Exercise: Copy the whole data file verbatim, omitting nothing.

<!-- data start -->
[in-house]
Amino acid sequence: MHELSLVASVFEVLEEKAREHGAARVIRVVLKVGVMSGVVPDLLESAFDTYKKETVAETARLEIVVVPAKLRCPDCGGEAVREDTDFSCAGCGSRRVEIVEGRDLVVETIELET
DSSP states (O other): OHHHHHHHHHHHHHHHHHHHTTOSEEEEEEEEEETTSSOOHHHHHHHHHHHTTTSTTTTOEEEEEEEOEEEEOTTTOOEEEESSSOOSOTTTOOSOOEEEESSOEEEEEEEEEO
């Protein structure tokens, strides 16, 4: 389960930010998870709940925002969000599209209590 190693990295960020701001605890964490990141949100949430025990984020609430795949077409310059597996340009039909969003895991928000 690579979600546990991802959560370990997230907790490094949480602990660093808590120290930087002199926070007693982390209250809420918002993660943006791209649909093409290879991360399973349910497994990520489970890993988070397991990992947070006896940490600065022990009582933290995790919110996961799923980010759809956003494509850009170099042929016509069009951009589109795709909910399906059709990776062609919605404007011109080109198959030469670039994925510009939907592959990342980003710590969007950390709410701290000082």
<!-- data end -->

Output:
[in-house]
Amino acid sequence: MHELSLVASVFEVLEEKAREHGAARVIRVVLKVGVMSGVVPDLLESAFDTYKKETVAETARLEIVVVPAKLRCPDCGGEAVREDTDFSCAGCGSRRVEIVEGRDLVVETIELET
DSSP states (O other): OHHHHHHHHHHHHHHHHHHHTTOSEEEEEEEEEETTSSOOHHHHHHHHHHHTTTSTTTTOEEEEEEEOEEEEOTTTOOEEEESSSOOSOTTTOOSOOEEEESSOEEEEEEEEEO
């Protein structure tokens, strides 16, 4: 389960930010998870709940925002969000599209209590 190693990295960020701001605890964490990141949100949430025990984020609430795949077409310059597996340009039909969003895991928000 690579979600546990991802959560370990997230907790490094949480602990660093808590120290930087002199926070007693982390209250809420918002993660943006791209649909093409290879991360399973349910497994990520489970890993988070397991990992947070006896940490600065022990009582933290995790919110996961799923980010759809956003494509850009170099042929016509069009951009589109795709909910399906059709990776062609919605404007011109080109198959030469670039994925510009939907592959990342980003710590969007950390709410701290000082």